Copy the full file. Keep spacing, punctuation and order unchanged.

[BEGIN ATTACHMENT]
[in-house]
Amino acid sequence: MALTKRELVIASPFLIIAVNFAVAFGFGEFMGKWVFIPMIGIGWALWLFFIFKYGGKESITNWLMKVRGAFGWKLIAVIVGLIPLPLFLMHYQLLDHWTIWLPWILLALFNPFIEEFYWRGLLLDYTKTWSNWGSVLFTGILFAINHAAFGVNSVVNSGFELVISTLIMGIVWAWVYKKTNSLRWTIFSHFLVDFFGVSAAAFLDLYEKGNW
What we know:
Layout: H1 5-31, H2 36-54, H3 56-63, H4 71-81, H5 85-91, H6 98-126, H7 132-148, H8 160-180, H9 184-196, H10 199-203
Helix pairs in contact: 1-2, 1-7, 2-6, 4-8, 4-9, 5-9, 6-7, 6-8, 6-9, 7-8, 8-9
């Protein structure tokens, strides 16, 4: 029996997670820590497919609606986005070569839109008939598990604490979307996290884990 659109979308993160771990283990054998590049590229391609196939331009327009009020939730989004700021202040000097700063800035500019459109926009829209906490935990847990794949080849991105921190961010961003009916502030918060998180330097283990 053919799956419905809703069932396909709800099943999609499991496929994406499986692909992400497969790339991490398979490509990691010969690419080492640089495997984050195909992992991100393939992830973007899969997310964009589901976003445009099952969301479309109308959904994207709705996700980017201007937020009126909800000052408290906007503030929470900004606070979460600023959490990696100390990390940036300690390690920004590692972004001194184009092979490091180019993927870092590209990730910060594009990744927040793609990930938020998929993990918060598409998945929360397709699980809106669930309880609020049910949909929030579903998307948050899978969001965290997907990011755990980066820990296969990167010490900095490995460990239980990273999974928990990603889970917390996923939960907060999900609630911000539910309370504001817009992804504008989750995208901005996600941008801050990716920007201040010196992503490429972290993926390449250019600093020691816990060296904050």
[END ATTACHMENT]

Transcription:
[in-house]
Amino acid sequence: MALTKRELVIASPFLIIAVNFAVAFGFGEFMGKWVFIPMIGIGWALWLFFIFKYGGKESITNWLMKVRGAFGWKLIAVIVGLIPLPLFLMHYQLLDHWTIWLPWILLALFNPFIEEFYWRGLLLDYTKTWSNWGSVLFTGILFAINHAAFGVNSVVNSGFELVISTLIMGIVWAWVYKKTNSLRWTIFSHFLVDFFGVSAAAFLDLYEKGNW
What we know:
Layout: H1 5-31, H2 36-54, H3 56-63, H4 71-81, H5 85-91, H6 98-126, H7 132-148, H8 160-180, H9 184-196, H10 199-203
Helix pairs in contact: 1-2, 1-7, 2-6, 4-8, 4-9, 5-9, 6-7, 6-8, 6-9, 7-8, 8-9
């Protein structure tokens, strides 16, 4: 029996997670820590497919609606986005070569839109008939598990604490979307996290884990 659109979308993160771990283990054998590049590229391609196939331009327009009020939730989004700021202040000097700063800035500019459109926009829209906490935990847990794949080849991105921190961010961003009916502030918060998180330097283990 053919799956419905809703069932396909709800099943999609499991496929994406499986692909992400497969790339991490398979490509990691010969690419080492640089495997984050195909992992991100393939992830973007899969997310964009589901976003445009099952969301479309109308959904994207709705996700980017201007937020009126909800000052408290906007503030929470900004606070979460600023959490990696100390990390940036300690390690920004590692972004001194184009092979490091180019993927870092590209990730910060594009990744927040793609990930938020998929993990918060598409998945929360397709699980809106669930309880609020049910949909929030579903998307948050899978969001965290997907990011755990980066820990296969990167010490900095490995460990239980990273999974928990990603889970917390996923939960907060999900609630911000539910309370504001817009992804504008989750995208901005996600941008801050990716920007201040010196992503490429972290993926390449250019600093020691816990060296904050």